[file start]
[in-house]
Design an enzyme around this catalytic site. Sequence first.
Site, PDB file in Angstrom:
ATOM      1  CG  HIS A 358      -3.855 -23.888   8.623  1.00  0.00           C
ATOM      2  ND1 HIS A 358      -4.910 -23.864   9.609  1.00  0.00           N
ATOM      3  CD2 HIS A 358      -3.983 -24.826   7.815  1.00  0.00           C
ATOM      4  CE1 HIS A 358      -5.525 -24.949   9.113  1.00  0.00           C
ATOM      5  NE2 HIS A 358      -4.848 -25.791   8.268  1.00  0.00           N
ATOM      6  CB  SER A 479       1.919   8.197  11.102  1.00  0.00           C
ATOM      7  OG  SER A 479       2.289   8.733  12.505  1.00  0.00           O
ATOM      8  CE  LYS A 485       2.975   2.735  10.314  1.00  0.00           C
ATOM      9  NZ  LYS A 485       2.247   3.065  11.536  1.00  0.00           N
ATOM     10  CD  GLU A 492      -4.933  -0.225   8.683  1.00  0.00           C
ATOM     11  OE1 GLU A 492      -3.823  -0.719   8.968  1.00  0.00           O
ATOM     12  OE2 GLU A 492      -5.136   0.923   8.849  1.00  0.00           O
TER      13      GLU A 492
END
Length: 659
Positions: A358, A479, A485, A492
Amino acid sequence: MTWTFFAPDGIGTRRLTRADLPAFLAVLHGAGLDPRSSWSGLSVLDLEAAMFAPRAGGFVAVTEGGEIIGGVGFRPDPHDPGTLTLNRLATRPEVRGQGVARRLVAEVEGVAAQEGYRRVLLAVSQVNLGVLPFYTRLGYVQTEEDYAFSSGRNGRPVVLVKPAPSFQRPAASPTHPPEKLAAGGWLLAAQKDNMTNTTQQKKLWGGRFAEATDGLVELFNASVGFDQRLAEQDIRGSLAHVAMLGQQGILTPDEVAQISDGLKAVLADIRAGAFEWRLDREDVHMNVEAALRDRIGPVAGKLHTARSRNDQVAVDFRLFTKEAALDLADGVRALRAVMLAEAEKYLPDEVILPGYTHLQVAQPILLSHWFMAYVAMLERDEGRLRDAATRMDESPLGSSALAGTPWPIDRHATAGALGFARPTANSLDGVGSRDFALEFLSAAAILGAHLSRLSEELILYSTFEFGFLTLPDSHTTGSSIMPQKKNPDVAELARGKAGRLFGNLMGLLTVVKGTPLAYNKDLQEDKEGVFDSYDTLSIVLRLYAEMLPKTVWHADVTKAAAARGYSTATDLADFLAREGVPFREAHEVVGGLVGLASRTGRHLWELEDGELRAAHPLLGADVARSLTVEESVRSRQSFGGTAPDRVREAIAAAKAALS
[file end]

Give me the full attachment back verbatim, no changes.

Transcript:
[in-house]
Design an enzyme around this catalytic site. Sequence first.
Site, PDB file in Angstrom:
ATOM      1  CG  HIS A 358      -3.855 -23.888   8.623  1.00  0.00           C
ATOM      2  ND1 HIS A 358      -4.910 -23.864   9.609  1.00  0.00           N
ATOM      3  CD2 HIS A 358      -3.983 -24.826   7.815  1.00  0.00           C
ATOM      4  CE1 HIS A 358      -5.525 -24.949   9.113  1.00  0.00           C
ATOM      5  NE2 HIS A 358      -4.848 -25.791   8.268  1.00  0.00           N
ATOM      6  CB  SER A 479       1.919   8.197  11.102  1.00  0.00           C
ATOM      7  OG  SER A 479       2.289   8.733  12.505  1.00  0.00           O
ATOM      8  CE  LYS A 485       2.975   2.735  10.314  1.00  0.00           C
ATOM      9  NZ  LYS A 485       2.247   3.065  11.536  1.00  0.00           N
ATOM     10  CD  GLU A 492      -4.933  -0.225   8.683  1.00  0.00           C
ATOM     11  OE1 GLU A 492      -3.823  -0.719   8.968  1.00  0.00           O
ATOM     12  OE2 GLU A 492      -5.136   0.923   8.849  1.00  0.00           O
TER      13      GLU A 492
END
Length: 659
Positions: A358, A479, A485, A492
Amino acid sequence: MTWTFFAPDGIGTRRLTRADLPAFLAVLHGAGLDPRSSWSGLSVLDLEAAMFAPRAGGFVAVTEGGEIIGGVGFRPDPHDPGTLTLNRLATRPEVRGQGVARRLVAEVEGVAAQEGYRRVLLAVSQVNLGVLPFYTRLGYVQTEEDYAFSSGRNGRPVVLVKPAPSFQRPAASPTHPPEKLAAGGWLLAAQKDNMTNTTQQKKLWGGRFAEATDGLVELFNASVGFDQRLAEQDIRGSLAHVAMLGQQGILTPDEVAQISDGLKAVLADIRAGAFEWRLDREDVHMNVEAALRDRIGPVAGKLHTARSRNDQVAVDFRLFTKEAALDLADGVRALRAVMLAEAEKYLPDEVILPGYTHLQVAQPILLSHWFMAYVAMLERDEGRLRDAATRMDESPLGSSALAGTPWPIDRHATAGALGFARPTANSLDGVGSRDFALEFLSAAAILGAHLSRLSEELILYSTFEFGFLTLPDSHTTGSSIMPQKKNPDVAELARGKAGRLFGNLMGLLTVVKGTPLAYNKDLQEDKEGVFDSYDTLSIVLRLYAEMLPKTVWHADVTKAAAARGYSTATDLADFLAREGVPFREAHEVVGGLVGLASRTGRHLWELEDGELRAAHPLLGADVARSLTVEESVRSRQSFGGTAPDRVREAIAAAKAALS